Carmel researcher recognized for work leading to Nobel Prize

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A Carmel resident is being lauded for his research and close ties to a recent Nobel Prize in Medicine winner, Dr. William G. Kaelin.

Dr. Mircea Ivan, a researcher and associate professor at Indiana University, was a post-doctoral fellow and instructor in Kaelin’s lab at the Dana Farber Cancer Institute and Harvard Medical School between 1998 and 2002. He was the first author of original papers describing how animal cells sense changes in oxygen availability.

“The answer to the question, ‘How do cells sense O2?’ had been sought for many decades,” Ivan said. “In Dr. Kaelin’s laboratory, I identified the mechanism utilized by all animal cells to monitor O2 abundance in their surroundings. Given the central role of O2 for life, it is hardly surprising that our studies had a broad impact in biomedical research and have become textbook material.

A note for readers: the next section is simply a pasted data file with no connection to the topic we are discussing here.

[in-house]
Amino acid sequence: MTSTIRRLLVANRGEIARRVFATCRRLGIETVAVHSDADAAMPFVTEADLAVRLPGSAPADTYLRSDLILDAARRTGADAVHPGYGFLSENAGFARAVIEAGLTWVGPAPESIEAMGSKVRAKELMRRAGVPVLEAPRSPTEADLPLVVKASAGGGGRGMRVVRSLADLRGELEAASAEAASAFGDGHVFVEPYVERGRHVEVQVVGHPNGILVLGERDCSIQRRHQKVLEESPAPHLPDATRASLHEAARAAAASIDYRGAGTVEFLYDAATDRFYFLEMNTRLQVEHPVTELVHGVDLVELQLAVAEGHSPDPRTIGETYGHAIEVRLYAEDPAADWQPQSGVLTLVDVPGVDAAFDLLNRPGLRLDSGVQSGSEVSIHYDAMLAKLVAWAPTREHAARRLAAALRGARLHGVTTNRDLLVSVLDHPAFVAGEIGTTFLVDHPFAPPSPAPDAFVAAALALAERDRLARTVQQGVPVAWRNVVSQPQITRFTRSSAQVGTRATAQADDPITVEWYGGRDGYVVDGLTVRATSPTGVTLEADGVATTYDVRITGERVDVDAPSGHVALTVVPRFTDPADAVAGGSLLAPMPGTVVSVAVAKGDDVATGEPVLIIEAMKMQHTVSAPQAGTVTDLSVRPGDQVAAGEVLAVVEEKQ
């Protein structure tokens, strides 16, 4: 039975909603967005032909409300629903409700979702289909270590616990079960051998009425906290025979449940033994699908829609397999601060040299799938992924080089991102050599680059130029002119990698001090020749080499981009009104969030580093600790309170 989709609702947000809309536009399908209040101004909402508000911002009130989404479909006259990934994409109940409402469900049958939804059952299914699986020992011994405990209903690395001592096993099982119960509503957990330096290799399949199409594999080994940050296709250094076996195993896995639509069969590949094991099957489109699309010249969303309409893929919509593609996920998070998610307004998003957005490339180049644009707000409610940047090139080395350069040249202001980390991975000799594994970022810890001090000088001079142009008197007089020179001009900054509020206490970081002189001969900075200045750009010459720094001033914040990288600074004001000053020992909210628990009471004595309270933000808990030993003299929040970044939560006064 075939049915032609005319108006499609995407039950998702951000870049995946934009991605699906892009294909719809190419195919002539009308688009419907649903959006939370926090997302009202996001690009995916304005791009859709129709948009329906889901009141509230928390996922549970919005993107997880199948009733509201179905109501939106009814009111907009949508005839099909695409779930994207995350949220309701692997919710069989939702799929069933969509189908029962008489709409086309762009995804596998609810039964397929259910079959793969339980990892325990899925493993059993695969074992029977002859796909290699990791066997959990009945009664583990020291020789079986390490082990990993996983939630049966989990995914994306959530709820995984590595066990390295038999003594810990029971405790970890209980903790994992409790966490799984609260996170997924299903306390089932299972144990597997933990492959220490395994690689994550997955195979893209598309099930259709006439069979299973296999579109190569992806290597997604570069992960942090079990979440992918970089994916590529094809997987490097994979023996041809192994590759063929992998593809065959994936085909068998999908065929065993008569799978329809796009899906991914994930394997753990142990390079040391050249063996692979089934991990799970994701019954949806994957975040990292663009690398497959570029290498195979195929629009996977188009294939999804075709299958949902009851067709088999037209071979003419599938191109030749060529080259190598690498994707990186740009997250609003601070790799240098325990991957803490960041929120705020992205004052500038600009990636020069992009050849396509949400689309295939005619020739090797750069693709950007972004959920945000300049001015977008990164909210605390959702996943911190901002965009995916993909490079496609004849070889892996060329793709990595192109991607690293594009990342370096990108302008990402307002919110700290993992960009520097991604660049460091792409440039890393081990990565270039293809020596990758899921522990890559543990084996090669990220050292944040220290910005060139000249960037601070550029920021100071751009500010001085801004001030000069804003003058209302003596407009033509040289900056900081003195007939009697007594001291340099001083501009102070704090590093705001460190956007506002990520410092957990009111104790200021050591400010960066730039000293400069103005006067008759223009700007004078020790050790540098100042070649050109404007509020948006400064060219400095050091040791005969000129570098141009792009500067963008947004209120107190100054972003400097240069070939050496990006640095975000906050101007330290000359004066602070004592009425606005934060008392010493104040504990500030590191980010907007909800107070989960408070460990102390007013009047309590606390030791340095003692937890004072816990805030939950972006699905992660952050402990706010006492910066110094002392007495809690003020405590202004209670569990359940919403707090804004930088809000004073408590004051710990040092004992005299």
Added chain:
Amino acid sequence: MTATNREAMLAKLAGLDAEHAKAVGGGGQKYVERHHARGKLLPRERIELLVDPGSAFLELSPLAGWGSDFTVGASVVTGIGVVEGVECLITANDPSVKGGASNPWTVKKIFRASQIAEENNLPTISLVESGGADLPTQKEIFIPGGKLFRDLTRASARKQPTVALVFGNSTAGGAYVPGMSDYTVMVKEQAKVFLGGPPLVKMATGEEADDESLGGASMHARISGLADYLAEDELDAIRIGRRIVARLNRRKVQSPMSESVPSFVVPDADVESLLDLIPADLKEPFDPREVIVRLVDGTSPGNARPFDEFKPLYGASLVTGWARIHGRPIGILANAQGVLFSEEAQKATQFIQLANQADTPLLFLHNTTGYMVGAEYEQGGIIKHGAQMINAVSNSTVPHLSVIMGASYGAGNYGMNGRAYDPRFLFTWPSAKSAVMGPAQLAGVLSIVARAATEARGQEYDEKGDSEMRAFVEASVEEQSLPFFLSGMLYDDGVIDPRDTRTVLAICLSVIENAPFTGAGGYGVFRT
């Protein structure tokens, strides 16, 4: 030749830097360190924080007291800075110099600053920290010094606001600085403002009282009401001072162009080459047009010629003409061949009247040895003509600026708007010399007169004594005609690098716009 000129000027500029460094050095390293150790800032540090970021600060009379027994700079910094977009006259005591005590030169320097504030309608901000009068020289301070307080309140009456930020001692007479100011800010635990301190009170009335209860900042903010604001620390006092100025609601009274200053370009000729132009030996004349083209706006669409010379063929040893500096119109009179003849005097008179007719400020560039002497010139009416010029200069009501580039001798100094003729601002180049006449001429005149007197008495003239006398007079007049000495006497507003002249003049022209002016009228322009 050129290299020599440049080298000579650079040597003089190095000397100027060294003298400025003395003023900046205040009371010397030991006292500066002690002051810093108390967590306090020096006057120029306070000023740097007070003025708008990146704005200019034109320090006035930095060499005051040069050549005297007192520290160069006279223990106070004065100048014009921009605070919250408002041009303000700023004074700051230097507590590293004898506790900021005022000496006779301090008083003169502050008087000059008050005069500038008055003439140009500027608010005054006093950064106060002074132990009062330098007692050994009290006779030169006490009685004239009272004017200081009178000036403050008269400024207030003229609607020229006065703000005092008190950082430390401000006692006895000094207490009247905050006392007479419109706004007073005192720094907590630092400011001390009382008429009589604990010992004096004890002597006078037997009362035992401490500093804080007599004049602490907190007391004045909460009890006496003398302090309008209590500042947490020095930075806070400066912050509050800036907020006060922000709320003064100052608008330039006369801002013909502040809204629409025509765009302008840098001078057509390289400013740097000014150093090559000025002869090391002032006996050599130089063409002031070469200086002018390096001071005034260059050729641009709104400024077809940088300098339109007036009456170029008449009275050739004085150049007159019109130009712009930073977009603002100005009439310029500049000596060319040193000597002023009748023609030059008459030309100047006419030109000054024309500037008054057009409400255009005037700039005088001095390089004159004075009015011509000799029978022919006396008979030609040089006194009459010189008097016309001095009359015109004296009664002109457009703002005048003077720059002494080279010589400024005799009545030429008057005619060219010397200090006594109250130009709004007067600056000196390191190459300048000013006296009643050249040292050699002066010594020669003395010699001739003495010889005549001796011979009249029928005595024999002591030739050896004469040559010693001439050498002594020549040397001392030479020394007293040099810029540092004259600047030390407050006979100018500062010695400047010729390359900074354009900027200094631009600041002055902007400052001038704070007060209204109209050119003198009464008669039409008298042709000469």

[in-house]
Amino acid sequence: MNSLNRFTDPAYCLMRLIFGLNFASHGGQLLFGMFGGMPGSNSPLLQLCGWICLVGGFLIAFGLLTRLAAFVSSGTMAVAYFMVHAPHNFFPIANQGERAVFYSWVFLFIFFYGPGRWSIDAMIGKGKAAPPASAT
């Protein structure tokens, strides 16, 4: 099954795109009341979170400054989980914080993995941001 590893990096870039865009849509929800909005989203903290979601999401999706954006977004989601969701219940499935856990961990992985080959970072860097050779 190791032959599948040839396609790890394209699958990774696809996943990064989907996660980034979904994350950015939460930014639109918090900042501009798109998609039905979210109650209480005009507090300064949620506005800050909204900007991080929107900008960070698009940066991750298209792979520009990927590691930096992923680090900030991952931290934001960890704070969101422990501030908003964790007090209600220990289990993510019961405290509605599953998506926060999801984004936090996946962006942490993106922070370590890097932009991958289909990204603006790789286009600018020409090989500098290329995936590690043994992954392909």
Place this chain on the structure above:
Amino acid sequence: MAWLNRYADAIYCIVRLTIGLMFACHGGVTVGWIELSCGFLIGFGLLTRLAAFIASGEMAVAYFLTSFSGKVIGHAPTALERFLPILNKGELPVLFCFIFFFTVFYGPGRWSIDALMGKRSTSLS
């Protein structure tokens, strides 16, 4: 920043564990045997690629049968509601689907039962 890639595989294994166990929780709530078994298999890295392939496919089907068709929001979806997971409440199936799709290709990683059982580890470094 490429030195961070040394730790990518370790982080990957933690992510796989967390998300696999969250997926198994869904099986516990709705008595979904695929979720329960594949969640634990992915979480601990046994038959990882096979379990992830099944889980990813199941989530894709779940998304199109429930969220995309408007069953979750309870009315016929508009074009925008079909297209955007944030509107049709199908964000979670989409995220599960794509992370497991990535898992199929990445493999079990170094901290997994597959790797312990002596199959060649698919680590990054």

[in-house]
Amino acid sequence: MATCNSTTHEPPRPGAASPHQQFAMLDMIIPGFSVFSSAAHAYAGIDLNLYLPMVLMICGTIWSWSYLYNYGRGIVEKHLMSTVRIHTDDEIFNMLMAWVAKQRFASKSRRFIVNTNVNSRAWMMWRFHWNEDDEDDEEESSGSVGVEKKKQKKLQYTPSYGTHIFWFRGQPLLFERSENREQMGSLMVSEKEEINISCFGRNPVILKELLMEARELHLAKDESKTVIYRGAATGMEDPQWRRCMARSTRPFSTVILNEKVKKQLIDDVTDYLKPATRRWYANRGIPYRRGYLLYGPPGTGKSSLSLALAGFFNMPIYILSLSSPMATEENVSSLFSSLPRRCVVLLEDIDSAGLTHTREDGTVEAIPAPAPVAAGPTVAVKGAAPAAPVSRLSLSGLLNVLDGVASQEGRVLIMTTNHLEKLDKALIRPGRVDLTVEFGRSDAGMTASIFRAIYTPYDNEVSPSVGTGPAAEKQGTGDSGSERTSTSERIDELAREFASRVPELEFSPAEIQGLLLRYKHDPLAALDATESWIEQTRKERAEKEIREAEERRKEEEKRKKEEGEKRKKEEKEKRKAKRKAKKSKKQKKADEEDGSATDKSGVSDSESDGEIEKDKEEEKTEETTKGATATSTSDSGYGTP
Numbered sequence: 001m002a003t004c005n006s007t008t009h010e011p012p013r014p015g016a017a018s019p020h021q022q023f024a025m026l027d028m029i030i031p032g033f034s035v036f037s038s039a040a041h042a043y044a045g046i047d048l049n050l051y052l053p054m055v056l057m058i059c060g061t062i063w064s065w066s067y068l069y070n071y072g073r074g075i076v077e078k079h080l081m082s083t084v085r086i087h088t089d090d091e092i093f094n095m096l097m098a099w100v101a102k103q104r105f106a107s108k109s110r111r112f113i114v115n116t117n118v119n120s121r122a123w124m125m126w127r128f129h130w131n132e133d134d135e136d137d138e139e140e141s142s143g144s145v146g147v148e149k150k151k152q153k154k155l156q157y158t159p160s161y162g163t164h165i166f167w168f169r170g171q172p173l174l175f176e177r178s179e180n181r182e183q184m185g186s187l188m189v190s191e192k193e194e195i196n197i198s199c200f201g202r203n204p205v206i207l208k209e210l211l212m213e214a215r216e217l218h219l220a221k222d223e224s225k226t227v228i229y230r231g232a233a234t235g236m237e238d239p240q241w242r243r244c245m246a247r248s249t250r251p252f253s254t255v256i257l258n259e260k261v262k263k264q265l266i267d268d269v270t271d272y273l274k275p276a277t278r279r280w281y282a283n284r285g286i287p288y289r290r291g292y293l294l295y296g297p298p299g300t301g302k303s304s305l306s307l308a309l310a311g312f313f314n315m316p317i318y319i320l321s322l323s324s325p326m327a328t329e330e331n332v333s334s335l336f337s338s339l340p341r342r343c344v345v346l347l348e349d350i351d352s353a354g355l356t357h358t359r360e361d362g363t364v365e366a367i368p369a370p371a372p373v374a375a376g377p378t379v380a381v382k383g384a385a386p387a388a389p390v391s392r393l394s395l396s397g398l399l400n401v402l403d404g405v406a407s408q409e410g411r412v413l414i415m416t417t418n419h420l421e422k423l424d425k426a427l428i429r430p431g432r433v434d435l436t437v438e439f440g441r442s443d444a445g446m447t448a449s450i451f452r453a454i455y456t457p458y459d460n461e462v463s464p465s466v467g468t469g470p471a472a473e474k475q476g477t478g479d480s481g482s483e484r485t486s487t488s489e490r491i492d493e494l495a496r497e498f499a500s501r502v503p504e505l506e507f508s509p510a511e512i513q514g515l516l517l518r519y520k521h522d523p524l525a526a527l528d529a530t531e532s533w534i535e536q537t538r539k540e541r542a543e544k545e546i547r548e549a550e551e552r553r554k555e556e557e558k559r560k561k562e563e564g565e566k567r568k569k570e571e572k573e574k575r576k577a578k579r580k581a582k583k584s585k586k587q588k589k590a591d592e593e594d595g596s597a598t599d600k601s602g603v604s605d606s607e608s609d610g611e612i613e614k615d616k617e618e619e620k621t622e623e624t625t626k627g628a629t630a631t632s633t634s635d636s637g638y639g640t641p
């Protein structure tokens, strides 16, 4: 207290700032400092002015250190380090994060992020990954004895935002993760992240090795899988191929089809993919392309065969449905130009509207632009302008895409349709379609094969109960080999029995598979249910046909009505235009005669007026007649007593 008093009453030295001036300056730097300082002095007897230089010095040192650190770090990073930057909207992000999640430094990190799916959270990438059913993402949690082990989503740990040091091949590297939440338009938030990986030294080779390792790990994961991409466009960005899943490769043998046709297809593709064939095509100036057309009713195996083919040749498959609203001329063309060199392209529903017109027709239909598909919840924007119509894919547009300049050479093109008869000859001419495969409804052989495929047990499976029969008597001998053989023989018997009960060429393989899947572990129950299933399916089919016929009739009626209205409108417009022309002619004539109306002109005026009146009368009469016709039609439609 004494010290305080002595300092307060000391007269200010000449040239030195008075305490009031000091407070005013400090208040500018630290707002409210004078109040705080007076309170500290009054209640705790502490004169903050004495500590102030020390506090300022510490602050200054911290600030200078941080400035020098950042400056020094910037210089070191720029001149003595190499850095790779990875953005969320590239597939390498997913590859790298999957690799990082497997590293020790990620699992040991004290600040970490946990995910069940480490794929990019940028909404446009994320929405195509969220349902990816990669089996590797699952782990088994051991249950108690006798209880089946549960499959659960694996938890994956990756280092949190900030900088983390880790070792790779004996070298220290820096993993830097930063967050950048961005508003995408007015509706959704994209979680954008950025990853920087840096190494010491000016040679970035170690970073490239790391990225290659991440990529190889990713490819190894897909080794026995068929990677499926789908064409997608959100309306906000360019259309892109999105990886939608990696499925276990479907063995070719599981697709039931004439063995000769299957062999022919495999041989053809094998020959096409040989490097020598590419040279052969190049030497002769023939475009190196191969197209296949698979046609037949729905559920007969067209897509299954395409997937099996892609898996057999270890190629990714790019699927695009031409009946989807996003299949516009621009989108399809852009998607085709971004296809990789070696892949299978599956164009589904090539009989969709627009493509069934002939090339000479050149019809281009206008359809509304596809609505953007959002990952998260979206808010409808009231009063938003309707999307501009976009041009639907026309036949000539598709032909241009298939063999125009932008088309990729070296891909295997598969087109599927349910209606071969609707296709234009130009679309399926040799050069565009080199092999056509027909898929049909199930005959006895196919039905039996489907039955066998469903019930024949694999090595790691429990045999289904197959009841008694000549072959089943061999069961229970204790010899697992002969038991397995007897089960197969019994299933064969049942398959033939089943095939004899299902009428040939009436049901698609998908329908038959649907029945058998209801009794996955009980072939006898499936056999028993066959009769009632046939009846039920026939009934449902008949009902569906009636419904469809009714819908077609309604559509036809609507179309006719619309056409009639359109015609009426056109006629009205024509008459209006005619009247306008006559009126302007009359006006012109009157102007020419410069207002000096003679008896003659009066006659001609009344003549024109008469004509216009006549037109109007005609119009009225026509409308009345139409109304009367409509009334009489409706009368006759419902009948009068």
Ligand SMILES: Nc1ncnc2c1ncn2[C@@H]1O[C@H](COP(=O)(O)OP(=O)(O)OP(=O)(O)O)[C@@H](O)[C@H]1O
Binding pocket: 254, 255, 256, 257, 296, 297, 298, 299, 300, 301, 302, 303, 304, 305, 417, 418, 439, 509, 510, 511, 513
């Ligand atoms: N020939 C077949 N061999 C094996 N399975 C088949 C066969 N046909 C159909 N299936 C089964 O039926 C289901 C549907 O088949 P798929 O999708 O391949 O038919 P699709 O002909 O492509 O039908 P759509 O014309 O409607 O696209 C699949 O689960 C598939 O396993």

“From a clinical standpoint, this discovery was instrumental for the development of new drugs which promise to transform the treatment of anemia associated with chronic kidney disease.”

A Carmel resident since 2008, Ivan teaches and researches at the IU School of Medicine and the IU Melvin and Bren Simon Cancer Center in Indianapolis. He leads his own research group within the school’s Hematology and Oncology Division, where he focuses on characterizing novel cell responses to changes in oxygen availability.

The Nobel recoginition of his work has garnered a significant amount of attention from the IU community, Ivan said, but he was happy to also be flooded with messages from friends and colleagues.

Ivan and his wife, Simona, recently returned to the U.S. from Stockholm after last month’s Nobel lectures, awards ceremony and Nobel banquet.

“The experience was beyond words,” Ivan said. “The pictures do not even begin to capture the atmosphere.”

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